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Updated on July 26, 2022
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TUESDAY, March 1, 2005 (HealthDayNews) -- Celebrex, one of the cox-2 painkillers under fire for increasing heart attack and stroke risk, may actually slow certain cancers in a way that its cousin, Vioxx, does not, according to new preliminary research.
Both drugs, known as cox-2 inhibitors, have already been shown to inhibit the growth of tumors that depend on the cox-2 enzyme, as happens with some prostate and breast cancers.
But a new study finds that Celebrex (celecoxib) appears to fight prostate cancer on another front, by blocking a key protein that is essential to the replication of cancer cells. This latest report appears in the March 1 issue of Clinical Cancer Research.
"Celecoxib can mediate anti-tumor effects by mechanisms in addition to targeting cox-2, which is its known target," said lead researcher Dr. Andrew Dannenberg, director of cancer prevention at the Weill Medical College of Cornell University in New York City. "This suggests that the agent's overall anticancer activity may reflect cox-2 inhibition and other properties."
In their study, Dannenberg's team treated human prostate cancer cells that did not have the cox-2 enzyme with Celebrex. The researchers found that cells treated with the drug did not reproduce as quickly as similar untreated cells. Further research determined that Celebrex was blocking cyclin D1.
"We were able to demonstrate that at clinically achievable concentrations of the drug in cells that don't express cox-2, the drug still has activity," Dannenberg said. "Based on these results, it's conceivable it will have effects in human tumors that do or do not express cox-2," he added.
However, when the researchers tried the same experiment using Vioxx, they found the cancer cells continued to reproduce.
"This makes the point that all cox-2 inhibitors are not created equal," Dannenberg said.
They were, however, given equal treatment two weeks ago, when a U.S. Food and Drug Administration advisory panel voted to recommend that Celebrex, Vioxx and Bextra stay on the market, while acknowledging the cardiovascular dangers of the drugs.
On Tuesday, the Louisiana health department announced it will impose additional safeguards, which will go into effect on March 15. Those safeguards will require doctors to supply a diagnosis code for every prescription for both Celebrex and Bextra, telling the pharmacist why the patient needs the medication.
Vioxx is not affected because it was removed from pharmacy shelves last fall by its manufacturer after trials revealed the heart risks.
Despite the concerns about the cardiac risk of cox-2 inhibitors, Dannenberg believes that when it comes to cancer, the considerations of these drugs' ability to fight tumors should be the first priority.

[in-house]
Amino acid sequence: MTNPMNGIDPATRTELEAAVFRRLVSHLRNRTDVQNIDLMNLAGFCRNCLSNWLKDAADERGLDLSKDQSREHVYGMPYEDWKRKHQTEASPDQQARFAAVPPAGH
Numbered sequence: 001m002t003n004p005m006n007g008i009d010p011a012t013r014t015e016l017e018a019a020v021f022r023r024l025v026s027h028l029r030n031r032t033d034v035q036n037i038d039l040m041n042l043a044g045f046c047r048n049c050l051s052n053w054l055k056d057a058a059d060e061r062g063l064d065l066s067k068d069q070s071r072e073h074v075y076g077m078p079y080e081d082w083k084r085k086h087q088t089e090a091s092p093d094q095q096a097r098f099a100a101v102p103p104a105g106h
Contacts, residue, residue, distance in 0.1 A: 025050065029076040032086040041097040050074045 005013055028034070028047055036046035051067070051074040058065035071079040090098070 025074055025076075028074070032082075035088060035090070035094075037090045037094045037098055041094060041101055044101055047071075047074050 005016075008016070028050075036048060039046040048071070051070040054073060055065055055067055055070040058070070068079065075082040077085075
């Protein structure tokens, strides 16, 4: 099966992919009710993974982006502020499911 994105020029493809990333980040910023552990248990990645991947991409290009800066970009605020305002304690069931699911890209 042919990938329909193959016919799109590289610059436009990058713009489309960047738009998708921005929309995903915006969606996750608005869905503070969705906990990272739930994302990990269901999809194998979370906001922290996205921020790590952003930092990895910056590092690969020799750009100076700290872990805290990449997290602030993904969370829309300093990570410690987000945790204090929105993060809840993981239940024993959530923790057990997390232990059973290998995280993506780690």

"Cox-2 inhibitors have been shown to have a small increase in risk of cardiovascular complications when taken long term," Dannenberg noted. "However, it is extremely important in the oncology world to recognize that efficacy is of greater concern. This new study makes the observation that celecoxib can act by more than a single mechanism to inhibit tumor growth."
Dannenberg noted that his work is not a clinical study, and that the use of Celebrex in fighting cancer needs to wait for the outcome of several ongoing clinical trials.
"Decision-making on clinical use should be based on the results of these clinical trials," he said.
Another expert thinks that much more needs to be done before Celebrex can find a role in fighting cancer.
"It is surprising to me that the authors did not try to see what would happen to these cells when treated with aspirin or one of the inhibitors which block cox-1 specifically, since these cells did express cox-1," said Dr. Raymond N. DuBois, the director of the Vanderbilt-Ingram Comprehensive Cancer Center at Vanderbilt University.
"We have found that some ovarian cancer cells are very dependent on cox-1 expression, and respond very well to cox-1 inhibitors," DuBois added.
DuBois noted that in the study, higher doses of Celebrex seemed to be more effective.
"Unfortunately, these higher doses in humans seem to be associated with adverse cardiovascular effects," he added. "Thus, these selective inhibitors may have some role in treatment of prostate cancer, but their long-term use for prevention at these higher doses may not be well-tolerated."
One heart expert said he thought that the use of cox-2 inhibitors to fight cancer was a tricky matter.
"We currently do use many drugs for cancer treatment that are themselves toxic to the heart," said Dr. Scott D. Solomon, director of noninvasive cardiology at Brigham and Women's Hospital, in Boston. "Ultimately, I believe we will need large clinical trials to sort this out, with longer follow-up times, since a large enough trial should provide the 'net' between efficacy and safety."
Moreover, Solomon is concerned with the ultimate benefit to patients.
"Another thing to remember, though, is whether a reduction in cancer cell proliferation as suggested here will result in net benefit to the patient, such as longer life," he said. "This will be necessary to offset any potential increased cardiovascular risk. In short, this is simply more information to fill out our current knowledge of the possible benefits of cox-2 inhibitors."
The American Cancer Society can tell you more about new cancer treatments.
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